And so we were wrapping things up and I said something about being stressed out.  And so he prayed for me.  And as he was praying he asked for the L-rd to open his eyes to the words of Prophets.  

Now, maybe I'm just an overly hopeful Messianic, but I can't help but take this as a positive sign. Please pray for this man and his family that they will be blessed as they explore this further, that this may be a time of great healing and understanding.

Shalom,

Peter

2 Questions (for anyone)

So I deleted the last post because I addressed it to two individuals specifically which may have been putting them in an uncomfortable position.  But I think these are important questions and so I'll put them to whomever wishes to answer them:

(1) Is marital assimilation (i.e. intermarriage of Jewish Believers and non-Jewish Believers resulting in loss of ethnic Jewish identity and the ethnic homogenization of the Kahal of Believers) a problem?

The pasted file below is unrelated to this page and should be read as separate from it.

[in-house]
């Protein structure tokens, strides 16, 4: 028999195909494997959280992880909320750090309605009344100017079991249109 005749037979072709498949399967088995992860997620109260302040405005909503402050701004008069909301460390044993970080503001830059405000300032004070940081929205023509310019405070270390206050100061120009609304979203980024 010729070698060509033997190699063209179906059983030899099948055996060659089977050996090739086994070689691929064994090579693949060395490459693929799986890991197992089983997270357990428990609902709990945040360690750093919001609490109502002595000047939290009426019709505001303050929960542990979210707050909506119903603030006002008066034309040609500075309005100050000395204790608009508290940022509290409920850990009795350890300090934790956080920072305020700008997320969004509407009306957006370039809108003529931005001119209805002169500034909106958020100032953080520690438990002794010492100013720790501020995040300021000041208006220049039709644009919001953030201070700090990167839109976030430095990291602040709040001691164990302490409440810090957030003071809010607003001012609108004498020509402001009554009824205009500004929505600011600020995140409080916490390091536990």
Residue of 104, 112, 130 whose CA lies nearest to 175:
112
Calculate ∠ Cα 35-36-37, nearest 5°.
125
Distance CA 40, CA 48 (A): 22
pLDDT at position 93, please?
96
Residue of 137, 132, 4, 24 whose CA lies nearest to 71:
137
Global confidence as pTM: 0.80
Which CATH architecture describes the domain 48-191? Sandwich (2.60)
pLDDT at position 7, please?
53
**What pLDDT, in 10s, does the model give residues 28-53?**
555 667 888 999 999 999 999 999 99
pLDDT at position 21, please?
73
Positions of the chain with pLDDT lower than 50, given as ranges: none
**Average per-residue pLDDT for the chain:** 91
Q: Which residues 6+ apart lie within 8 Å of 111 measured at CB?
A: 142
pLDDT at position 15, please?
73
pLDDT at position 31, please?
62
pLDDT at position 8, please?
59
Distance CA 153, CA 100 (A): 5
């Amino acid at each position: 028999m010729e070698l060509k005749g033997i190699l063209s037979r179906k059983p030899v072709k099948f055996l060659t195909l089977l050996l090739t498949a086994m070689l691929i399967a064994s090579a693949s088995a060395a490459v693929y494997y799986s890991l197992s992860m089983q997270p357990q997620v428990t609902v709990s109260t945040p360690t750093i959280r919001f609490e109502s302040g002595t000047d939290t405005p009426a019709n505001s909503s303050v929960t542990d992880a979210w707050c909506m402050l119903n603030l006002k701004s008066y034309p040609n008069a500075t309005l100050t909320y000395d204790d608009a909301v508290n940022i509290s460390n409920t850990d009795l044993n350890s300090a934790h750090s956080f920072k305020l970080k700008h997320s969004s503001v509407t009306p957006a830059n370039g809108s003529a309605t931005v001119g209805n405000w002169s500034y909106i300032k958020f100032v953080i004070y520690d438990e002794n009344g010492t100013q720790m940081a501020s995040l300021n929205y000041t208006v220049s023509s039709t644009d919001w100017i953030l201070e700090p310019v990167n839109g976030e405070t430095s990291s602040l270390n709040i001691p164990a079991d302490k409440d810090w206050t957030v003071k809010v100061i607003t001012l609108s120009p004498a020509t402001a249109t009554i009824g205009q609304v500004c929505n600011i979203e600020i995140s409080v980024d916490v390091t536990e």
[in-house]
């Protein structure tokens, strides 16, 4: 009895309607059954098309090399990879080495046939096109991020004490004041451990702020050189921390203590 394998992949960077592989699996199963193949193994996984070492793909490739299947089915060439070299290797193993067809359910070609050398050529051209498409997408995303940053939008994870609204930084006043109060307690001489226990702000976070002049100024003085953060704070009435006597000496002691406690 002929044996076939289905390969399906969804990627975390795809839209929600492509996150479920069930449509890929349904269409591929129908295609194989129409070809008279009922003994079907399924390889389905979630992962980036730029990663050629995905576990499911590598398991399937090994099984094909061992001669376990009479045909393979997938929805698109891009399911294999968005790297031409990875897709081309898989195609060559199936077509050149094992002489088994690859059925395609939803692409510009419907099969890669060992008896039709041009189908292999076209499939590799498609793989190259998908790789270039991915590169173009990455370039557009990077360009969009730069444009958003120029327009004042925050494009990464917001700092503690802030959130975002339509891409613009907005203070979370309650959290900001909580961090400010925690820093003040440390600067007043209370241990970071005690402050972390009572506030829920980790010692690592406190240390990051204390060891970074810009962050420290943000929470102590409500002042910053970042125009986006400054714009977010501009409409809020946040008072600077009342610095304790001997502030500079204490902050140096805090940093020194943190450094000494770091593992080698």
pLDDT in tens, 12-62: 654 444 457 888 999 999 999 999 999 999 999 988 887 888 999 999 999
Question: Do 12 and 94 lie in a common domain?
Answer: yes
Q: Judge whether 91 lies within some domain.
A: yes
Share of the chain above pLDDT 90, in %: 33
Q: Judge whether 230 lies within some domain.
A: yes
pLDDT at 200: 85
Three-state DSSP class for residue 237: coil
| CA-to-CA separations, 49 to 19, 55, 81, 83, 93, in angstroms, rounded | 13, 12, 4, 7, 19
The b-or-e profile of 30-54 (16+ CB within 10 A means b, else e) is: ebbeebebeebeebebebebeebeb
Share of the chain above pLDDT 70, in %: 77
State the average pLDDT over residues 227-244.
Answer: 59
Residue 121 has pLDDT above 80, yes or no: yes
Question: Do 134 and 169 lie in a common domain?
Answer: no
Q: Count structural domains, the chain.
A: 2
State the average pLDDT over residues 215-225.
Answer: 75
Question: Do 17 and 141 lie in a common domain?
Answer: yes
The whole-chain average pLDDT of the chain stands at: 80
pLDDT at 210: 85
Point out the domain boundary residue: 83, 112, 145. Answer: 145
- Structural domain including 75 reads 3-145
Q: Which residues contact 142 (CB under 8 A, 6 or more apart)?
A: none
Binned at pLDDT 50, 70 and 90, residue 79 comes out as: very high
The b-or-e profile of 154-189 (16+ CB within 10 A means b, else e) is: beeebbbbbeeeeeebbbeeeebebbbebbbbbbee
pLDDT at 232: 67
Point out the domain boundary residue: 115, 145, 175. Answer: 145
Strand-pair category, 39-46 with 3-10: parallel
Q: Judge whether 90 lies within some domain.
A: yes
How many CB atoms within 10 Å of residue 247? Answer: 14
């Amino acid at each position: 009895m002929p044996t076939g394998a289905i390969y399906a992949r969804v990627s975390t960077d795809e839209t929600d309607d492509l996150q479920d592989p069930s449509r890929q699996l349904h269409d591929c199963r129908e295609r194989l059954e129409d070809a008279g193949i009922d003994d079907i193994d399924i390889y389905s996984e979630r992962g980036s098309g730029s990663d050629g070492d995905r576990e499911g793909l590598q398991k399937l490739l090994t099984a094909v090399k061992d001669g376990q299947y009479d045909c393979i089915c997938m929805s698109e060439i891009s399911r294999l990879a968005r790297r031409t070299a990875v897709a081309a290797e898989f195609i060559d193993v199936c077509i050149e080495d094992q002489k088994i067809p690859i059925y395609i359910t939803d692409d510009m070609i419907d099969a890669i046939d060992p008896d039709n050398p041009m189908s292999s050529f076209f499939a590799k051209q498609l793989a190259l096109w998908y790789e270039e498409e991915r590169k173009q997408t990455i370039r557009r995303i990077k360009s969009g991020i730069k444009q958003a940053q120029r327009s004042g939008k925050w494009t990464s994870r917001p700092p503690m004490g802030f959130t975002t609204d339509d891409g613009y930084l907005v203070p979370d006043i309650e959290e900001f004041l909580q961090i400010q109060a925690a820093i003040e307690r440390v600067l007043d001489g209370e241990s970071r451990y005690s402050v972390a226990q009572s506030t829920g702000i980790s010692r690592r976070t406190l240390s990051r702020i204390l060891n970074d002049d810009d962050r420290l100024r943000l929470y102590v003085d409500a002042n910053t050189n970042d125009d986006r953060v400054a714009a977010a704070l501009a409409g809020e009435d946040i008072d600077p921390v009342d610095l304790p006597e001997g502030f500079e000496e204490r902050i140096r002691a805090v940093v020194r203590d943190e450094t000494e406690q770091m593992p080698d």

(2)  If marital assimilation is a problem, what is the best solution to this problem?  Phrased differently, how should ethnic status (e.g. Kohanic, Levitical, Jewish) be safeguarded? 


Saturday, January 11, 2014

Coalition of Torah Observant Messianic Congregations

A reader was kind enough to send me the link to this interesting organization:  CLICK HERE FOR LINK


Wednesday, January 8, 2014

Teshuvah the Same for Jews and Non-Jews: Examining the Parallel Usage of Epistrepho in Acts 3 and Acts 15

"For as long as life is in me, And the breath of God is in my nostrils" (Job 27:3)